Cast: Dean S. Jagger, Corey Feldman, Malcolm McDowell, Fernanda Romero, Richard Wagner, Rutger Hauer, Bruce Davison
Written by: Ben Jagger, Dean S. Jagger, Christopher P. Taylor
Directed by: Ben Jagger
Running Time: 95 Minutes
Reviewed by: Philip Wade
“An NYPD Cop transfers to LA in search of his parent’s killer only to be murdered & reborn the ultimate killer!” Reads the tagline for this movie.
The tagline and trailer paint this movie like it’s going to be a hero’s journey of discovery and purpose leading into a climactic and epic showdown. However, upon viewing, what we get from the movie is: Our main character talks, plods, talks, fights and talks up to an almost exciting epic letdown.
The movie begins with our title character, Corbin Nash (Drake S. Jagger) being dumped bloody and bruised in an alley where he is found by a stripper (Fernanda Romero) he once saved. Through flashbacks we learn Corbin was captured by Queeny (Corey Feldmen) a crossdressing vampire whose lover Vince, (Richard Wagner) loves to watch Queeny do his thing, whether that is having sex with strangers or eating them.
I wanted to like this movie. It sounded like it might be part Blade, Spawn, Grimm, Buffy the Vampire Slayer, Forever Knight or several other exciting supernatural stories where one person battles the forces of evil after finding out they’re special or at least a new kind of monster.
The problem with this movie however, is that it plays out like some junior high school fantasy where a bunch of kids threw ideas they thought sounded into a pot and mixed it up thinking they’d get a great story.
The trailer for this movie made this movie look exciting, but all the exciting parts from the movie, are in the trailer. Big name actors, who are not in the main body of the film are just catalysts to a character who has almost no character or charisma. Corbin Nash doesn’t have to work to get his answers, answers are just handed to him. He doesn’t investigate or turn over rocks on his quest, he reads a bulletin board, says ‘a-ha I have you,’ runs out and beats up the right guy, who gives up the right people. The answers are too convenient.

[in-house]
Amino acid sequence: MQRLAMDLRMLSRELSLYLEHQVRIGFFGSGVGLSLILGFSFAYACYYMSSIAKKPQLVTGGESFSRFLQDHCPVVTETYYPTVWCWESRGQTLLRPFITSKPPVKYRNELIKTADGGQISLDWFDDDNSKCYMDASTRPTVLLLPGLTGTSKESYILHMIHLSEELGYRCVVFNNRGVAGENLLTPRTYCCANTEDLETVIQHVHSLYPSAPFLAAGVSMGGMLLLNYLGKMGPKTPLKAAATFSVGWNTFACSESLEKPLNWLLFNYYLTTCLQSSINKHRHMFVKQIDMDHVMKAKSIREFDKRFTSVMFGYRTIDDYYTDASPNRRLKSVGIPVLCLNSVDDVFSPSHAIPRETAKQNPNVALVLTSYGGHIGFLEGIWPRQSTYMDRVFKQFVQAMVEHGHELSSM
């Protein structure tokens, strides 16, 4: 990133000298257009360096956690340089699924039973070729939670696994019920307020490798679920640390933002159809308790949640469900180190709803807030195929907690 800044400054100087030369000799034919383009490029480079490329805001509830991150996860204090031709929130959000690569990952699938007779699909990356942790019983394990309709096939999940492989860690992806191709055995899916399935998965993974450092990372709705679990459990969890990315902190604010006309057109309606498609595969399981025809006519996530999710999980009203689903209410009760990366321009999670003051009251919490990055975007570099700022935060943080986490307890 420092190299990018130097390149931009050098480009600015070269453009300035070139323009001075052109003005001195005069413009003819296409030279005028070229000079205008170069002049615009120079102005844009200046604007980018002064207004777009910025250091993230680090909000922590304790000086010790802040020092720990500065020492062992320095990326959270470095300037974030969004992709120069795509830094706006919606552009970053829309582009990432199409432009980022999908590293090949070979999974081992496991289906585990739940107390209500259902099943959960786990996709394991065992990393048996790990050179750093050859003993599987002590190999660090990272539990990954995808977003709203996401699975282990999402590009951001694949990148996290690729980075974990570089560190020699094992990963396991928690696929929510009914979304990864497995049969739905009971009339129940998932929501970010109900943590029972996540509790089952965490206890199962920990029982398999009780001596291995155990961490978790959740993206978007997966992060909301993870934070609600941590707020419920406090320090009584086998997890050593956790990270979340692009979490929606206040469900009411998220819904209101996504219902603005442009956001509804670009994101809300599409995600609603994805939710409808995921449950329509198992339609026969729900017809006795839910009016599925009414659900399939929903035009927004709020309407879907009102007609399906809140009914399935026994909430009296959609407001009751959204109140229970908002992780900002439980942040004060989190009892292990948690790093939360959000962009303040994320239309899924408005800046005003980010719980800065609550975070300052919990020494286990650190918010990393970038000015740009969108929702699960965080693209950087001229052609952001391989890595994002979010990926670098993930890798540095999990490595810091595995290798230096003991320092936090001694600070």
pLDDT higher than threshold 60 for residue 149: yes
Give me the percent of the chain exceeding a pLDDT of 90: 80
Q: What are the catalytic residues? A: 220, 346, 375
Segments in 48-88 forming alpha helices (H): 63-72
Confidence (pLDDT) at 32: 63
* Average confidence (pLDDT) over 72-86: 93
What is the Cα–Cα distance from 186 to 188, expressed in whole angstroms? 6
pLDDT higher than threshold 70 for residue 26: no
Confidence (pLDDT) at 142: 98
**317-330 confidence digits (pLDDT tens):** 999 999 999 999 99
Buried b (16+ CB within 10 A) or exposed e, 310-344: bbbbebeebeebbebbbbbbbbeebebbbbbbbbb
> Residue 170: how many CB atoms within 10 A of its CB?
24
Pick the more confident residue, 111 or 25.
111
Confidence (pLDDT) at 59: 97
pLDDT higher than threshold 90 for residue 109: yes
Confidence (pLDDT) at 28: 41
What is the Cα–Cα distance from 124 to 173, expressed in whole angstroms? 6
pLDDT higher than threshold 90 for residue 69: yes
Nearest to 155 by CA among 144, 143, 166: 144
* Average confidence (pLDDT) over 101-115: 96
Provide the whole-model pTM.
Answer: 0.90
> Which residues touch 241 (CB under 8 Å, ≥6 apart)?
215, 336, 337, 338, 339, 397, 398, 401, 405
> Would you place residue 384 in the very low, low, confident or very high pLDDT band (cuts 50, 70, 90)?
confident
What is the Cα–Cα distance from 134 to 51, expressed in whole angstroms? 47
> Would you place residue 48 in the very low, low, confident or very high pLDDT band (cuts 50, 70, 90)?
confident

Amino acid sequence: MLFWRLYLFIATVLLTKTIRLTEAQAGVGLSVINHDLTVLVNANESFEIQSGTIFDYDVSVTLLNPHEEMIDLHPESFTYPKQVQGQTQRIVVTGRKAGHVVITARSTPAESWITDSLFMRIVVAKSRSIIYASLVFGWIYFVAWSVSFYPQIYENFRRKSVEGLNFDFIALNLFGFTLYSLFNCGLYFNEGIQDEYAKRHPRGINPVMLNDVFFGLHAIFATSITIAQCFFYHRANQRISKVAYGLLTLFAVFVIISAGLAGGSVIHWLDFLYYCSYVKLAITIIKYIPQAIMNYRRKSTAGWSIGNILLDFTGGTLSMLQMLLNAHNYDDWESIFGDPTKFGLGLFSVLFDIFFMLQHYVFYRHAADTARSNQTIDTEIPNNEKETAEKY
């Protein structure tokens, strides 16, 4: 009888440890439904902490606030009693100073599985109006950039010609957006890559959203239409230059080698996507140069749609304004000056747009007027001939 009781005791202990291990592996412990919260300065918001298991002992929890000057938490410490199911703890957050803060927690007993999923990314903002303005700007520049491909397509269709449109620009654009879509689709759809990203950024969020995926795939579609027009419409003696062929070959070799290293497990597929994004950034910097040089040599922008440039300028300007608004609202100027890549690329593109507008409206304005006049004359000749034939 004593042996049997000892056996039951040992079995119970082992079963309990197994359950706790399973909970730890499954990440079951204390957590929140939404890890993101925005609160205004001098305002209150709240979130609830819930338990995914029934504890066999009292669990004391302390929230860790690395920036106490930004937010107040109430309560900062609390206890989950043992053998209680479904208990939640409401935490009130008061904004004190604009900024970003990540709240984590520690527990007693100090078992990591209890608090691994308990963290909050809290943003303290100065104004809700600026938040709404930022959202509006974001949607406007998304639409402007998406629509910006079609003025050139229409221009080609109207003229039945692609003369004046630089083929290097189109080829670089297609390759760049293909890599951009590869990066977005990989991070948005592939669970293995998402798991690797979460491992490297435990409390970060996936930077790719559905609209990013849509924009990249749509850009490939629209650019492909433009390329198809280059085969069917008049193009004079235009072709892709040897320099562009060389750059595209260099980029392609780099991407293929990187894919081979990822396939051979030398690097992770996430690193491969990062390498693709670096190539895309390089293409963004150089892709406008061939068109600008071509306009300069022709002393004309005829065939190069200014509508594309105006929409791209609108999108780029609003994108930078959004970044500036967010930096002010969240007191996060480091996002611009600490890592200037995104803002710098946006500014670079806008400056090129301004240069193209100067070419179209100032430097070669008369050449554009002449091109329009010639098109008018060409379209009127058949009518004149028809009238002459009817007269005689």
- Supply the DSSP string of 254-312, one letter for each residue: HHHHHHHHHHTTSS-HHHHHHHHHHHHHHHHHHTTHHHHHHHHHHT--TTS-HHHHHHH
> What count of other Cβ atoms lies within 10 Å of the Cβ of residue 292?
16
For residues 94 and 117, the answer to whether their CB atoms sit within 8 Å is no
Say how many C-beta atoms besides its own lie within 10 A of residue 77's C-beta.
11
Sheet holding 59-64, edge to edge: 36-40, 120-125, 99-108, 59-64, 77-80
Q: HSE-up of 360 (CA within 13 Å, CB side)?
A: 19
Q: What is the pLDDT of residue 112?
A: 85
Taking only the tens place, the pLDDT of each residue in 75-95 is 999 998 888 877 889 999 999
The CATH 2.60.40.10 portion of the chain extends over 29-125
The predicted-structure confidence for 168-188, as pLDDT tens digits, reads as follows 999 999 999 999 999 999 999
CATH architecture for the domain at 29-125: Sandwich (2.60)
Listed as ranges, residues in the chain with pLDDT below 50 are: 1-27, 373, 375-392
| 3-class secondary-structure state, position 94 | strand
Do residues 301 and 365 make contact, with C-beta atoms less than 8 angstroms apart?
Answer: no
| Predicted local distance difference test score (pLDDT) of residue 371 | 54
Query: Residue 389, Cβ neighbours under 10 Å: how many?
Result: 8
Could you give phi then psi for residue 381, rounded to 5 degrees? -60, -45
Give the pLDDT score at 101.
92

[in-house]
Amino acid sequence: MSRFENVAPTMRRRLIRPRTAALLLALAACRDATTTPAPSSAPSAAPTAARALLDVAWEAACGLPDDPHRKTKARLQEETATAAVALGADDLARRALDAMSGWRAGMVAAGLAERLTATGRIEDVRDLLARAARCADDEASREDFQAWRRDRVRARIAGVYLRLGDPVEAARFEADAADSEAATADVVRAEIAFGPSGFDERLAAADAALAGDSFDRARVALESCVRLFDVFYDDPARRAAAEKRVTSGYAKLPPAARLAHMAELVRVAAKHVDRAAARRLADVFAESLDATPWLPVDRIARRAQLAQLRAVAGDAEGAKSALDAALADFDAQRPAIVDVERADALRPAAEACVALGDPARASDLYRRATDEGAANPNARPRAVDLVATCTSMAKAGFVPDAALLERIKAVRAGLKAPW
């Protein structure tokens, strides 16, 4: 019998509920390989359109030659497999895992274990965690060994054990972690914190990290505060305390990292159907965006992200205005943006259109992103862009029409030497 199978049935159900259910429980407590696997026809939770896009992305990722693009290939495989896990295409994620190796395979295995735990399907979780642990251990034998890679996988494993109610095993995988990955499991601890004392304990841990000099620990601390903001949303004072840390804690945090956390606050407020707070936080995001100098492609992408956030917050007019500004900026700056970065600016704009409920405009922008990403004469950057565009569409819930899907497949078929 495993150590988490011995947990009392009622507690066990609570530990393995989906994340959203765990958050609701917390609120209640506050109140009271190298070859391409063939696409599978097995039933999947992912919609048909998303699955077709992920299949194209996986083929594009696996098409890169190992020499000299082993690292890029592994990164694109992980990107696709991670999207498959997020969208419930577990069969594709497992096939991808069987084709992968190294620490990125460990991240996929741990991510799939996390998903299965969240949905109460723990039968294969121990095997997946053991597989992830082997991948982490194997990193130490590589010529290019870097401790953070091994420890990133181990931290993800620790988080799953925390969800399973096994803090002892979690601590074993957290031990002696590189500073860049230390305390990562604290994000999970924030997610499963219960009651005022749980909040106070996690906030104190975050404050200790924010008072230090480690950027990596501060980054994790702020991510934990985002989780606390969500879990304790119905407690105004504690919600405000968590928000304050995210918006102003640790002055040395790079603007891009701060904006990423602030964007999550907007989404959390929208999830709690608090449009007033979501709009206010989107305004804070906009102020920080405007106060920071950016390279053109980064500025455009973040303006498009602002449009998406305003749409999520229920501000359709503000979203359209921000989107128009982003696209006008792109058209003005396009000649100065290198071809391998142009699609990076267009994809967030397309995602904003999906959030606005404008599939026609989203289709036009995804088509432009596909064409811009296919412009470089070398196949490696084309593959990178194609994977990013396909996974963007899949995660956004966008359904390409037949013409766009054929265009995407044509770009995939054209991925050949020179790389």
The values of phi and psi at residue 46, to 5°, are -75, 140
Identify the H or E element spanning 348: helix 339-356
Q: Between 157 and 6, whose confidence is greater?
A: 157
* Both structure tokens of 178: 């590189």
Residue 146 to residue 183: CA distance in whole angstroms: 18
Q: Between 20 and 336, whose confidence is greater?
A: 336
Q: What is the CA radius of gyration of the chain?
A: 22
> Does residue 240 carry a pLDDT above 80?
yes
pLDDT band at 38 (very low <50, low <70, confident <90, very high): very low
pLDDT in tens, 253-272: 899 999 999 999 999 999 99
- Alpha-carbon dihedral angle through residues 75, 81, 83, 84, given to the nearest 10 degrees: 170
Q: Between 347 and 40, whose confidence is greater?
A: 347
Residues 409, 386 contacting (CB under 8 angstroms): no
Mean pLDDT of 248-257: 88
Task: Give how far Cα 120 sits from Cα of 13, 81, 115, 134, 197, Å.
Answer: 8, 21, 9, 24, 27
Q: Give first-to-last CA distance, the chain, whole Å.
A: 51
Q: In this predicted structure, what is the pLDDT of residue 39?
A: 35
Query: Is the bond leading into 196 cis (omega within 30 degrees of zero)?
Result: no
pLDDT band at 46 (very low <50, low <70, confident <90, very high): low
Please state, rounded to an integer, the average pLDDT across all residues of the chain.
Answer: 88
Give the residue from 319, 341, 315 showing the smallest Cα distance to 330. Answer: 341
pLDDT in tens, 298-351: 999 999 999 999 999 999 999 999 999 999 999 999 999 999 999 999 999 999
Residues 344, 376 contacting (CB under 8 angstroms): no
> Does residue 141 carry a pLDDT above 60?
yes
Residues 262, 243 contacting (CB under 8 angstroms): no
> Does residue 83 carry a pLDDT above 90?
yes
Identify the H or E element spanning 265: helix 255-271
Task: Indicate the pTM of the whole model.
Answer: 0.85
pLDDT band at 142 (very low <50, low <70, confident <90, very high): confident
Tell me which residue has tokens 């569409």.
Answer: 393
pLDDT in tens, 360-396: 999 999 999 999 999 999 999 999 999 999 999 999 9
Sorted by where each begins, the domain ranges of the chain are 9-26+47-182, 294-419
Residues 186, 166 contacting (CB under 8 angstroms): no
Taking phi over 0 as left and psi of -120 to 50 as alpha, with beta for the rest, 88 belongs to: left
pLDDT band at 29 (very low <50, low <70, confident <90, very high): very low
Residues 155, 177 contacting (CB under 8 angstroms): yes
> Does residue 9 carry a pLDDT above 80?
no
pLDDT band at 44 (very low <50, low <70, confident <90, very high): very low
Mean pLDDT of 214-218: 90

Corbin is then captured, but that is so he can talk to a guy who has all the answers. His only real struggle is to show off how great of a fighter he is. Corbin is eventually ‘reborn’ the ultimate killer, or so we are told where he quickly dispatches bad guys in the last fifteen minutes of the film. If he has abilities, they don’t seem to get shown. Even Queeny and Vince at some point were made to look like they might have some sort of high speed ability.
Corbin Nash’s transformation is underwhelming and the ending predictable.
Having said all that, some parts of this movie that were okay. Rutger Hauer, Bruce Davison and Malcolm McDowell for what little time they’re on screen are excellent at what they do. Each delivered their parts with the weight and gravitas you’d expect. The only shame is they don’t play big roles in this movie. McDowell’s part is a little bigger, but not much.
Corey Feldmen’s Queeny is creepy. Like Buffalo Bill from Silence of the Lambs, he has some screws loose that make him unpredictable and dangerous especially when you give him the powers of a vampire. Some may think his performance is a little too much like Buffalo Bill, but there is some subtly and humanity that comes through.
Corbin Nash is too predictable and has been done better elsewhere. If you want to see Corey Feldmen be a creep give this a try, otherwise I’d avoid it.